Guising, mumming, and souling

Hallowe’en is just around the corner. In Ireland recently, I commented on the huge uptake of this once pagan holiday. I can’t remember a time when I saw so many houses decorated. The place is awash with white cotton cobwebs, lifesize figures of witches and warlocks, and all sorts of other stuff designed to put the fear of God – well, not God, but something else – into you if you stumbled on it unknowingly on a dark night.

I’m told that it really took off last year when, in the midst of lockdown, people were looking for some way to do anything that would break the dull monotony of the stay-at-home routine. Hungary, too, has its fair share of witches and goblins. Recently harvested pumpkins with their ghoulish faces have taken up residence on doorsteps and in gardens and the decorations have been dusted off and put on display.

In pagan times, the festival of Samhain marked the end of the harvest and the beginning of a long, cold winter. It was when the Celts of old celebrated New Year. On the night of 31 October, the boundary between the living and the dead blurred and ghosts found it easier to return to earth. People back then believed that if they left their houses that night, they might bump into a ghost and so disguised themselves by wearing masks to blend in.

Then along came the Romans, who brought with them two feasts that fell around the same time: Feralia, on which they commemorated the dead and Pomona, when they celebrated the goddess of fruit and trees whose symbol was an apple. And who from the Celtic world hasn’t bobbed for an apple on Hallowe’en?

Moving right along, on 13 May, 609 AD, Pope Boniface IV established the Catholic feast of All Martyrs’ Day. In the eighth century, Pope Gregory III broadened its scope to include All Saints, too. And he moved the date to 1 November. In Middle English, a form of the English language spoken after the Norman conquest in the mid-eleventh century until the late fifteenth century, All Saints’ Day was known as ‘Alholowmesse’. All Hallows Eve. Hallowe’en.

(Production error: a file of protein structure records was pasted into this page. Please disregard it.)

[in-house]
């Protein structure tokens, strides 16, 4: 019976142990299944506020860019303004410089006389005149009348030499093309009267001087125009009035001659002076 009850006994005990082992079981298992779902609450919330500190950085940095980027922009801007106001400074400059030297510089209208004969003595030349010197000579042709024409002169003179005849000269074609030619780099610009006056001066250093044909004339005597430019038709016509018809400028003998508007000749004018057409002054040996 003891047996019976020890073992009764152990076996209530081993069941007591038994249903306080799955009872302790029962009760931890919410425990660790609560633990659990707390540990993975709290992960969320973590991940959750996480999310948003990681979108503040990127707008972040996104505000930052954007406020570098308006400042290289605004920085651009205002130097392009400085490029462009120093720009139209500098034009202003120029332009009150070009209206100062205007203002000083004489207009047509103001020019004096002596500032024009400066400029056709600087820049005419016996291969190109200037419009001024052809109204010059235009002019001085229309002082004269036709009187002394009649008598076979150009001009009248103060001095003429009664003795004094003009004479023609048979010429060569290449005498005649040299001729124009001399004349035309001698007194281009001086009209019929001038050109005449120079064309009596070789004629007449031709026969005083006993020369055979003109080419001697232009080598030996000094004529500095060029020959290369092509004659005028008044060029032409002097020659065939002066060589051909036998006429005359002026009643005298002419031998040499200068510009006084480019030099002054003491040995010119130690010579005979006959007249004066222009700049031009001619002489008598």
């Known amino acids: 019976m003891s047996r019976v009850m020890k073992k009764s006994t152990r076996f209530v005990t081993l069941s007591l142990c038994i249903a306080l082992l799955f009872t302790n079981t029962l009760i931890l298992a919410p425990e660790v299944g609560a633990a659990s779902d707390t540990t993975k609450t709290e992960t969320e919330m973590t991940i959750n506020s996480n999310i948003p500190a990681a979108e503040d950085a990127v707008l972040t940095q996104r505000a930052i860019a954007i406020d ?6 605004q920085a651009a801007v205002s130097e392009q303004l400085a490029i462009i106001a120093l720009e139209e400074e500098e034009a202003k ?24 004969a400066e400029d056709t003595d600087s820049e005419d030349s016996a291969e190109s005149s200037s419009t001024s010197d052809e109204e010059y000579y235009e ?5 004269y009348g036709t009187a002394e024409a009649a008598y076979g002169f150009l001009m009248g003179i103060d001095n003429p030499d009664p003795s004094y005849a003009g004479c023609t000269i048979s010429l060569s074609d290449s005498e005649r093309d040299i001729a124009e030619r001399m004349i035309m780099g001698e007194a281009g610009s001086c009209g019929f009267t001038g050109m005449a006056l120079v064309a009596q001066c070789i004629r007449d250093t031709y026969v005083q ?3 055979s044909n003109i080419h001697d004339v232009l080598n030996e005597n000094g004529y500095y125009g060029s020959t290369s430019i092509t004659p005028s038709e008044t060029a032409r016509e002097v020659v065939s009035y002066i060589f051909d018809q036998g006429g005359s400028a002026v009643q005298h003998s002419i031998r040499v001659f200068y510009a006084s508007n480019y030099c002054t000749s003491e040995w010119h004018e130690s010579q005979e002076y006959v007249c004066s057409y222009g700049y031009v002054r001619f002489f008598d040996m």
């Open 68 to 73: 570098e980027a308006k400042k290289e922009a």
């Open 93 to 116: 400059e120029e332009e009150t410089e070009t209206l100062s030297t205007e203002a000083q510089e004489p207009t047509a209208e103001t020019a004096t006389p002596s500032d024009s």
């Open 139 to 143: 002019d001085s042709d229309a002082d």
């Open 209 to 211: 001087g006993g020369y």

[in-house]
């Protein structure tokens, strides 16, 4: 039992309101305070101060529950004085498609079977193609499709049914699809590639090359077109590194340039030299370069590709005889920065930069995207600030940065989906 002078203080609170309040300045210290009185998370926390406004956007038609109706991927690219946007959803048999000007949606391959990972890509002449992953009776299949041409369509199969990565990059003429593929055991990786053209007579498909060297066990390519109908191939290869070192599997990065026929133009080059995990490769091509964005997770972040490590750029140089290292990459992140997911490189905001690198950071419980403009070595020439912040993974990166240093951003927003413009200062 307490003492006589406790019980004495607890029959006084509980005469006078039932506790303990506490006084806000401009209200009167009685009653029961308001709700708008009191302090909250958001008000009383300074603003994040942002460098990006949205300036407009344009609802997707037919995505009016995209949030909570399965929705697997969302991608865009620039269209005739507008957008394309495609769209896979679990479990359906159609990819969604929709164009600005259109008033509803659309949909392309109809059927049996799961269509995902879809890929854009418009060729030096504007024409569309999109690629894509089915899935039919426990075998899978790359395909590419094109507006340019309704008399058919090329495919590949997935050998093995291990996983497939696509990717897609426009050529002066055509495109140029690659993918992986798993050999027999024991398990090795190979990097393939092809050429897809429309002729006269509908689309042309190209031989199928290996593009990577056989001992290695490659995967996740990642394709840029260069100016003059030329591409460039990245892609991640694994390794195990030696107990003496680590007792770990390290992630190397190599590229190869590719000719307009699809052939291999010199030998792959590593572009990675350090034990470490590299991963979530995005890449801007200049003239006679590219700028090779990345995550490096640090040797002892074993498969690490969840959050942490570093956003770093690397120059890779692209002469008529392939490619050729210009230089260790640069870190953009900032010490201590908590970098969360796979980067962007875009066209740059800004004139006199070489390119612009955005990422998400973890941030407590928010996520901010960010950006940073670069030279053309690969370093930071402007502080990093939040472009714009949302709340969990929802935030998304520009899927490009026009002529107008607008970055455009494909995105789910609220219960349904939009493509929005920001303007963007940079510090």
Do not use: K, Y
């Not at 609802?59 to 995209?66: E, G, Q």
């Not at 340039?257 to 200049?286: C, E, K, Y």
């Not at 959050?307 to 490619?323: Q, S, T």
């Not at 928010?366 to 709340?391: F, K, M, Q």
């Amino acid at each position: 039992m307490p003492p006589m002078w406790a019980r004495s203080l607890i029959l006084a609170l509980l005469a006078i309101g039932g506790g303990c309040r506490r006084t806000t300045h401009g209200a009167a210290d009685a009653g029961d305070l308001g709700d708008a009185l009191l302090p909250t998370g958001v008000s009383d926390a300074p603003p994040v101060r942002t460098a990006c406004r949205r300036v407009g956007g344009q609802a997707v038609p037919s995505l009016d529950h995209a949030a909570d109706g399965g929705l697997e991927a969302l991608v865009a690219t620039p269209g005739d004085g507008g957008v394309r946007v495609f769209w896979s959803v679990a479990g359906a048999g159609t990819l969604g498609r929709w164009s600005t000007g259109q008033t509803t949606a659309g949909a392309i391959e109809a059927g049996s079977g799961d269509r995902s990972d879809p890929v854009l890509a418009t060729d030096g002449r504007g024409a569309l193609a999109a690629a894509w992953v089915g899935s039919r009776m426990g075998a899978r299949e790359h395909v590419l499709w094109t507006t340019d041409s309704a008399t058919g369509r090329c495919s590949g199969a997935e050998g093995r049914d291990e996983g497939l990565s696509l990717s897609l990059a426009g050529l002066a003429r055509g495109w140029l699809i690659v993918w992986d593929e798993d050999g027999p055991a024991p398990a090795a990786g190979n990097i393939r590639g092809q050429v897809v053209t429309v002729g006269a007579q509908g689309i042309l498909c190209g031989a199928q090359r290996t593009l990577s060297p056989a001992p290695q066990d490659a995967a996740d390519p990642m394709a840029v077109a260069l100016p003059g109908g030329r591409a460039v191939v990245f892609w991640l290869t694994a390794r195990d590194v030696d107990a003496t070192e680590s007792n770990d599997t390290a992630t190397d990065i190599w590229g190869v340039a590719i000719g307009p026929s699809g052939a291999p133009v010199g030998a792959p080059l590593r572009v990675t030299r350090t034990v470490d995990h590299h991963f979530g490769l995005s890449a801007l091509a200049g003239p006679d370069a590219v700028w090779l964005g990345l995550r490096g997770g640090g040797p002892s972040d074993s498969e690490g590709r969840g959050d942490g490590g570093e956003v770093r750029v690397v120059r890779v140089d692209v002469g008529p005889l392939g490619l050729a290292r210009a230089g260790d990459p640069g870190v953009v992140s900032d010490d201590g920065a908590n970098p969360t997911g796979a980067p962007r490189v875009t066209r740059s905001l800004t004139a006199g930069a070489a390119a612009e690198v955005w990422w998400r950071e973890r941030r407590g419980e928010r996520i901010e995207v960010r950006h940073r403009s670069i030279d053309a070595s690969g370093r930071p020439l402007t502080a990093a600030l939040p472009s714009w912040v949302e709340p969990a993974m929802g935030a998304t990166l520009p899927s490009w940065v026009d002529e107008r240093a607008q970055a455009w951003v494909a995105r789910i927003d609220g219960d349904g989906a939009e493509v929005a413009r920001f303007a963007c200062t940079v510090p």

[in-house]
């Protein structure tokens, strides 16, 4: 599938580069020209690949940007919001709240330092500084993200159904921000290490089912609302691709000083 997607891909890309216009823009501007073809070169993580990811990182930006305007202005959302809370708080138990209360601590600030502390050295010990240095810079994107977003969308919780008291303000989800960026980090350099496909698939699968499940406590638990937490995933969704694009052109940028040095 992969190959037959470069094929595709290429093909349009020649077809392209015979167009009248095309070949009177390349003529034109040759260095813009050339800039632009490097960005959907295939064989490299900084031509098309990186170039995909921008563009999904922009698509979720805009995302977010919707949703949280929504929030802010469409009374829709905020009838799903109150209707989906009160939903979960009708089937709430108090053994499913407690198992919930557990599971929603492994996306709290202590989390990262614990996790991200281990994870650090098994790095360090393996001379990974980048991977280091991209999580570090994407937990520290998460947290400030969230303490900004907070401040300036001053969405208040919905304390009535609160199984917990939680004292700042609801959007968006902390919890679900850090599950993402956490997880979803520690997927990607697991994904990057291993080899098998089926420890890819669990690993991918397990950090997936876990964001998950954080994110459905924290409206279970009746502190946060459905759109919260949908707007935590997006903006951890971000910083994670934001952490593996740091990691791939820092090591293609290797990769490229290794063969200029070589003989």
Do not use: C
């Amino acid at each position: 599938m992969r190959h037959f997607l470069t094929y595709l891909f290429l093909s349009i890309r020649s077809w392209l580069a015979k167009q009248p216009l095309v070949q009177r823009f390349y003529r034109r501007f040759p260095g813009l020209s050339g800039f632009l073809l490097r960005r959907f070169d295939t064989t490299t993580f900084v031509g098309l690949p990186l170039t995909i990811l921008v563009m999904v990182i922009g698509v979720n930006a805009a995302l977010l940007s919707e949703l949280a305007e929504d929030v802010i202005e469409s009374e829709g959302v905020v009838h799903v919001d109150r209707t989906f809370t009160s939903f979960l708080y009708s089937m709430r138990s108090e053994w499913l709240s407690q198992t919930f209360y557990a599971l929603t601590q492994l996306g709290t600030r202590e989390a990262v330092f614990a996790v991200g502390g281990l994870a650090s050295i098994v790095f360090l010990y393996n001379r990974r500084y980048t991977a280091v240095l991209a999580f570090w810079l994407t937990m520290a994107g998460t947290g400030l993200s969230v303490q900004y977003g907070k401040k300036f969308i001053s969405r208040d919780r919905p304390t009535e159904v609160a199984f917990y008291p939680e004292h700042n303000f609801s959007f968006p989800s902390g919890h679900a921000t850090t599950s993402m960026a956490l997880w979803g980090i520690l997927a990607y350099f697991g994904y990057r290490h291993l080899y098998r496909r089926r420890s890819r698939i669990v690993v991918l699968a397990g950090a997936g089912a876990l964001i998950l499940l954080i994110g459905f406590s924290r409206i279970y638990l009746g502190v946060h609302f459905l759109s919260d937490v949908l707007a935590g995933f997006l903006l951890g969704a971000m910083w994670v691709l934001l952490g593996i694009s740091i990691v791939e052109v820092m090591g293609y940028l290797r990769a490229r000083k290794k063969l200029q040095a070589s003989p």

All Souls’ Day, 2 November, made its appearance in 1000 AD. It was, perhaps, an attempt by the church to trump the Celtic festival of the dead. Whatever – it’s all happening  around these three days.

Many countries like their trick-or-treating when kids dress up and go from house to house collecting sweets. The custom has been borrowed from what was once known as guising or mumming in England, Scotland, and Ireland. People would dress in costume and recite a poem, sing a song, or tell a story in exchange for a treat. I suspect a few card or magic tricks might also have been involved.

And we can’t forget about souling, when on 1 November in England, the less fortunate would visit the neighbourhood rich begging for soul cakes in return for a promise to pray for their dead relatives.

Other parts of the world, like Mexico, Latin America, and Spain, begin their three-day celebration of All Souls Day on Hallowe’en, the day they believe the dead return to where they lived when they were alive. There, in their homes, families build altars with sweets and flowers and food and drink, all ready for the hoolie. Some leave out a basin of water and a towel so that the spirits can clean up before the party starts.

In America, though, it’s not so much about the dead but about the living. The party. The family. The festivities. Hallowe’en is an evening of fun and games popularised in the late nineteenth century. In Hungary, a country whose cemeteries light up on 1 and 2 November, with mass visits to honour their dead, the commercial side of Hallowe’en is catching on, too.

Top of my list of things to see and do is the display of jack-o-lanterns up on Heroes Square – Töklámpás Fesztivál. It simply has to be seen to be believed. Amazing.